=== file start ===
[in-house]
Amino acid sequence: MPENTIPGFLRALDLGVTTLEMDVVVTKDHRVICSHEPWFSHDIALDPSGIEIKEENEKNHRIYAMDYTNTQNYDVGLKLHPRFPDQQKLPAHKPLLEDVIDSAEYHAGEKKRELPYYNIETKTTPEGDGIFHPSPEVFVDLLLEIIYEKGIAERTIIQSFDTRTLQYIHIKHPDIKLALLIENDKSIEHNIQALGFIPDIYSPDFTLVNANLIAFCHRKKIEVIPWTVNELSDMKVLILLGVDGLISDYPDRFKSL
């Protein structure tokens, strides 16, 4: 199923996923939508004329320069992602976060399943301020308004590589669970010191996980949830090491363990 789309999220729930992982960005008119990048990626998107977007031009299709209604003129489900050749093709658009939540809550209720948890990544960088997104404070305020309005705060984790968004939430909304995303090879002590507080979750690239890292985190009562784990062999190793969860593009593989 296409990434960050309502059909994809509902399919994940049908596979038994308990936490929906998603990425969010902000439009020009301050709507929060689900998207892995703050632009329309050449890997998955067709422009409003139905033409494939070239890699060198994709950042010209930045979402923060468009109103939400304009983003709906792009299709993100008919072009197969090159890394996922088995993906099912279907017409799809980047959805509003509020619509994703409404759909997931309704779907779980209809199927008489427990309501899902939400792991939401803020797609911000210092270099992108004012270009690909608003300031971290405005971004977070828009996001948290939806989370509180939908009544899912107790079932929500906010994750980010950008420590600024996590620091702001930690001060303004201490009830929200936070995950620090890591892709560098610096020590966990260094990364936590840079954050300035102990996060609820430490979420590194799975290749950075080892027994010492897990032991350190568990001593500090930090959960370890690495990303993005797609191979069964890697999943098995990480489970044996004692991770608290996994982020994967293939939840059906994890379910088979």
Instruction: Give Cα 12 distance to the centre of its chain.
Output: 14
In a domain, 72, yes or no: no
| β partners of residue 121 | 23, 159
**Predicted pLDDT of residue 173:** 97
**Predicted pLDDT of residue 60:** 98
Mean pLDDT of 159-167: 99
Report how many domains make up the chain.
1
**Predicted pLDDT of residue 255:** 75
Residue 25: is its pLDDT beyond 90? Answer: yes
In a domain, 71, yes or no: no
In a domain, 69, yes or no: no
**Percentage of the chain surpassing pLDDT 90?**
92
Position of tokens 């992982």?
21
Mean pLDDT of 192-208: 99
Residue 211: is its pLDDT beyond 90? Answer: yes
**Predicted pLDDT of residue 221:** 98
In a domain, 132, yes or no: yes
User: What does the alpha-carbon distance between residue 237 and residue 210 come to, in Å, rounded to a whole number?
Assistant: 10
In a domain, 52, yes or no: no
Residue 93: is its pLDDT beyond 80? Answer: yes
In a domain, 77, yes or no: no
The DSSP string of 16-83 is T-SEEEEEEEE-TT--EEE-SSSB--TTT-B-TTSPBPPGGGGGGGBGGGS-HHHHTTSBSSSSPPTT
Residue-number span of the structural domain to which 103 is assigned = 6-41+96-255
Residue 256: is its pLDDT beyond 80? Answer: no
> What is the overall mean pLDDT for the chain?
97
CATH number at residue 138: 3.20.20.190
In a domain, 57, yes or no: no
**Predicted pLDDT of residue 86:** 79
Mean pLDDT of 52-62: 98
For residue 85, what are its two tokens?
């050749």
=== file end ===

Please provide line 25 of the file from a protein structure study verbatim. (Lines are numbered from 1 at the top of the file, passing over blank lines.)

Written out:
User: What does the alpha-carbon distance between residue 237 and residue 210 come to, in Å, rounded to a whole number?